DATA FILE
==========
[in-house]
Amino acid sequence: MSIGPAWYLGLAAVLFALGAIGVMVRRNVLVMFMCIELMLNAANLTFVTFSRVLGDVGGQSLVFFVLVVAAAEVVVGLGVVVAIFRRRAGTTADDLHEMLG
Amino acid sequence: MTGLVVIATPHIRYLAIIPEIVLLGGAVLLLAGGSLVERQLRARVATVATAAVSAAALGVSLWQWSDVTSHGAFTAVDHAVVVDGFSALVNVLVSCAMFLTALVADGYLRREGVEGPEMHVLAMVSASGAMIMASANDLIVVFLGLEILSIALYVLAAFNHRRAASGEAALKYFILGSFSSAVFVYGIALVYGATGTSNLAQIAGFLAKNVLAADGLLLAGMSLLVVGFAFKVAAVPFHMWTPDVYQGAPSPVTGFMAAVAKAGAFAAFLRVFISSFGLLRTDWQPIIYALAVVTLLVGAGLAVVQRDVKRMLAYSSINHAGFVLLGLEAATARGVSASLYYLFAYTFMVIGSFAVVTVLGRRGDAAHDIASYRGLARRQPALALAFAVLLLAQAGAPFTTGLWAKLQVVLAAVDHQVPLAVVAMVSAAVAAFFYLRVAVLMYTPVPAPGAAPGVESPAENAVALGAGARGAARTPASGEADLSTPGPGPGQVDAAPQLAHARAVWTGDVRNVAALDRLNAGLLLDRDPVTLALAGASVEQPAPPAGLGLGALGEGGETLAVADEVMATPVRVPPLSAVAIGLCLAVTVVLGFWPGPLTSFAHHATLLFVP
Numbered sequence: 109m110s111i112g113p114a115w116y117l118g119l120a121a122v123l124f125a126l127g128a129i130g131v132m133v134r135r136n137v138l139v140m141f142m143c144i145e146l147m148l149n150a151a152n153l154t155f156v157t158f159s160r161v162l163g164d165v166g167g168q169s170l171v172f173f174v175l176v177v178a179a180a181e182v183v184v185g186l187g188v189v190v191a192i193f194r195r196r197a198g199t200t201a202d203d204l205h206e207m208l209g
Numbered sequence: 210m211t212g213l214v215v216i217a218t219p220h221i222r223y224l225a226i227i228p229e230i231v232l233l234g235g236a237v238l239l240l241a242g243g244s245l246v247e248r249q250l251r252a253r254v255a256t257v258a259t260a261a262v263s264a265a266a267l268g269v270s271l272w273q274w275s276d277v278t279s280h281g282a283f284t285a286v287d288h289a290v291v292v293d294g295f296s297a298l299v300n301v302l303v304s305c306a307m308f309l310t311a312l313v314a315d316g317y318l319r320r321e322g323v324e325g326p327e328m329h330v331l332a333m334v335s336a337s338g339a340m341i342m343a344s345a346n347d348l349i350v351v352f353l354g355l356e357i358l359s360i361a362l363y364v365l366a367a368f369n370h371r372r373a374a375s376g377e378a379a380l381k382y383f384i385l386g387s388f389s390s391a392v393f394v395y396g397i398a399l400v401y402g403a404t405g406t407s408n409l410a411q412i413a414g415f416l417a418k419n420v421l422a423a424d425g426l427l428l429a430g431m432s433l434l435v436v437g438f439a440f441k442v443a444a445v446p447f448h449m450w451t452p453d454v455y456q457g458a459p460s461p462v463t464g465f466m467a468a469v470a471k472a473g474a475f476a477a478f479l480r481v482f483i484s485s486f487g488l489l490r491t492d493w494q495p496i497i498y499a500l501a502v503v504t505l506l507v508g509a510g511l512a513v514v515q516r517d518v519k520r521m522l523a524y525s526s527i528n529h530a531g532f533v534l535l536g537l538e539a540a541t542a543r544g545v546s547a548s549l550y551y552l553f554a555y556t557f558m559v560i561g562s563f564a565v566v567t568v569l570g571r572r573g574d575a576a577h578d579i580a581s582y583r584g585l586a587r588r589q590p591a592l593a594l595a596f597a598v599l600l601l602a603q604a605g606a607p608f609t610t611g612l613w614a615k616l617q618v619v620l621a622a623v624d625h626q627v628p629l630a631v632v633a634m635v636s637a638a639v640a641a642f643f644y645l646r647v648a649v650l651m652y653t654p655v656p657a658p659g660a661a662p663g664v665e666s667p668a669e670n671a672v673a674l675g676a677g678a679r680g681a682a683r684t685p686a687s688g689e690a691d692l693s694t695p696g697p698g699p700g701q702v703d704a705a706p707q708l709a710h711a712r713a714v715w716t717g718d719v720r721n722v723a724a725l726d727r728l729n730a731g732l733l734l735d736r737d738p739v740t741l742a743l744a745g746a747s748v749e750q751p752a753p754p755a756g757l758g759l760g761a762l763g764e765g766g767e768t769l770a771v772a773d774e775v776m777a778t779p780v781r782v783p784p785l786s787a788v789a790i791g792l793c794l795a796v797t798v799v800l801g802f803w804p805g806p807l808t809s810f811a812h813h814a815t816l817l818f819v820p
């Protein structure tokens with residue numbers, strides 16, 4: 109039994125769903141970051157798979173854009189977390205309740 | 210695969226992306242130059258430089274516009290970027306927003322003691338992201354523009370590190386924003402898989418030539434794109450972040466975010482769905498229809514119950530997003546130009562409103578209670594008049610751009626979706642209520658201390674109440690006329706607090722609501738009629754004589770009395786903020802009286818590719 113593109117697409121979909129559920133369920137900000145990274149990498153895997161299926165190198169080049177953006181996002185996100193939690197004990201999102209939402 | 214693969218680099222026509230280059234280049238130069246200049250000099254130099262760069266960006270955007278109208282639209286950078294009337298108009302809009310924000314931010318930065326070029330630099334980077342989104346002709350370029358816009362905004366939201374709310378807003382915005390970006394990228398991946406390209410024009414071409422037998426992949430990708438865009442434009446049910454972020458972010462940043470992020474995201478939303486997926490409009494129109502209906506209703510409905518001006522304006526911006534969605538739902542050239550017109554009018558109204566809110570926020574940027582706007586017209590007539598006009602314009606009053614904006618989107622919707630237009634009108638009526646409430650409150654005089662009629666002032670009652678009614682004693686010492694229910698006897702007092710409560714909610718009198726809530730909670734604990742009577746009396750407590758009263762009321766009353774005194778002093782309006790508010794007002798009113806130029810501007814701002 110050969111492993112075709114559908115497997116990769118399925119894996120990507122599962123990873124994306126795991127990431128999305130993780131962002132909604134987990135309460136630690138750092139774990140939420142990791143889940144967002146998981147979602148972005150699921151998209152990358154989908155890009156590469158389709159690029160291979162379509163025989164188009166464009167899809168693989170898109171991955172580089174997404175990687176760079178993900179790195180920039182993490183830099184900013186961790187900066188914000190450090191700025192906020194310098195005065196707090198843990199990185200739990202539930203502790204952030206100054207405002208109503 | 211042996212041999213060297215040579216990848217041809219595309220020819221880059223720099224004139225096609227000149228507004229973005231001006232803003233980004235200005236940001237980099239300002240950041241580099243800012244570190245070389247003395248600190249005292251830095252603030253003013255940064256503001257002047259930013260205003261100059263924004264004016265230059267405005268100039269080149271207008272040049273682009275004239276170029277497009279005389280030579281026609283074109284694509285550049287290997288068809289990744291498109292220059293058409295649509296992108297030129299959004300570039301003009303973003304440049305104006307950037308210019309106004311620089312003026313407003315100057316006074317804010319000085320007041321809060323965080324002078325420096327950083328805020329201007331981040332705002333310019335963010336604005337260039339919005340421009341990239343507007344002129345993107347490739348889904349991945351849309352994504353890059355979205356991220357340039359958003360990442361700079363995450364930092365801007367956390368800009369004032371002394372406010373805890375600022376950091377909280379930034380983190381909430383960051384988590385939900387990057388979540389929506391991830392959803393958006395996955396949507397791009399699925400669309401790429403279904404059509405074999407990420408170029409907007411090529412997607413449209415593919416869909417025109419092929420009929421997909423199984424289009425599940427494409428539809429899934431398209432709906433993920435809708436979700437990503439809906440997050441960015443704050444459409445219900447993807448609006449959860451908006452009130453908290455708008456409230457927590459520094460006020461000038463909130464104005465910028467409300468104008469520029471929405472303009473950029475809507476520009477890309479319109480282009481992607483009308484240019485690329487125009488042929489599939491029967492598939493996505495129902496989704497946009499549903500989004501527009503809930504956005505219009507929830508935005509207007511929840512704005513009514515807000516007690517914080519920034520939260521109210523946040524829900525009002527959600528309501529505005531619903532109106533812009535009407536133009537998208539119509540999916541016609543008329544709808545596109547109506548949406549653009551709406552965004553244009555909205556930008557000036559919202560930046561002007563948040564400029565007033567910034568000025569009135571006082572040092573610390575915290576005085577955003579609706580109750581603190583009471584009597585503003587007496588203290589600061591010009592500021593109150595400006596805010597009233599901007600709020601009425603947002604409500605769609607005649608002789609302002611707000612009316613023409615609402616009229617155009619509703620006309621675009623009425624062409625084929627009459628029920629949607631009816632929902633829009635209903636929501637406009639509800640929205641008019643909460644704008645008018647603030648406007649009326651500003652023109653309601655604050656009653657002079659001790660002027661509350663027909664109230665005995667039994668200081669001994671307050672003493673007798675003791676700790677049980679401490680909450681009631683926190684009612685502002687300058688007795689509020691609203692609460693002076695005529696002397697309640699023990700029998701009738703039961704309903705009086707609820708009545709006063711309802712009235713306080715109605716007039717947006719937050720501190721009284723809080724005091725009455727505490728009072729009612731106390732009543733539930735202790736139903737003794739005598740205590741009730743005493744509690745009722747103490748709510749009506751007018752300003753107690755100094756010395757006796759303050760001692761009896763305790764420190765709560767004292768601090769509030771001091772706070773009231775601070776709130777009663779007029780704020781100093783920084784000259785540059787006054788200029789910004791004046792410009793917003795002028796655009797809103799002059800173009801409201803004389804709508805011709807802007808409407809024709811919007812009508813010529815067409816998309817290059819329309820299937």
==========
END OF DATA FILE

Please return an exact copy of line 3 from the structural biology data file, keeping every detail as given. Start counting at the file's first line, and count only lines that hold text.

Amino acid sequence: MTGLVVIATPHIRYLAIIPEIVLLGGAVLLLAGGSLVERQLRARVATVATAAVSAAALGVSLWQWSDVTSHGAFTAVDHAVVVDGFSALVNVLVSCAMFLTALVADGYLRREGVEGPEMHVLAMVSASGAMIMASANDLIVVFLGLEILSIALYVLAAFNHRRAASGEAALKYFILGSFSSAVFVYGIALVYGATGTSNLAQIAGFLAKNVLAADGLLLAGMSLLVVGFAFKVAAVPFHMWTPDVYQGAPSPVTGFMAAVAKAGAFAAFLRVFISSFGLLRTDWQPIIYALAVVTLLVGAGLAVVQRDVKRMLAYSSINHAGFVLLGLEAATARGVSASLYYLFAYTFMVIGSFAVVTVLGRRGDAAHDIASYRGLARRQPALALAFAVLLLAQAGAPFTTGLWAKLQVVLAAVDHQVPLAVVAMVSAAVAAFFYLRVAVLMYTPVPAPGAAPGVESPAENAVALGAGARGAARTPASGEADLSTPGPGPGQVDAAPQLAHARAVWTGDVRNVAALDRLNAGLLLDRDPVTLALAGASVEQPAPPAGLGLGALGEGGETLAVADEVMATPVRVPPLSAVAIGLCLAVTVVLGFWPGPLTSFAHHATLLFVP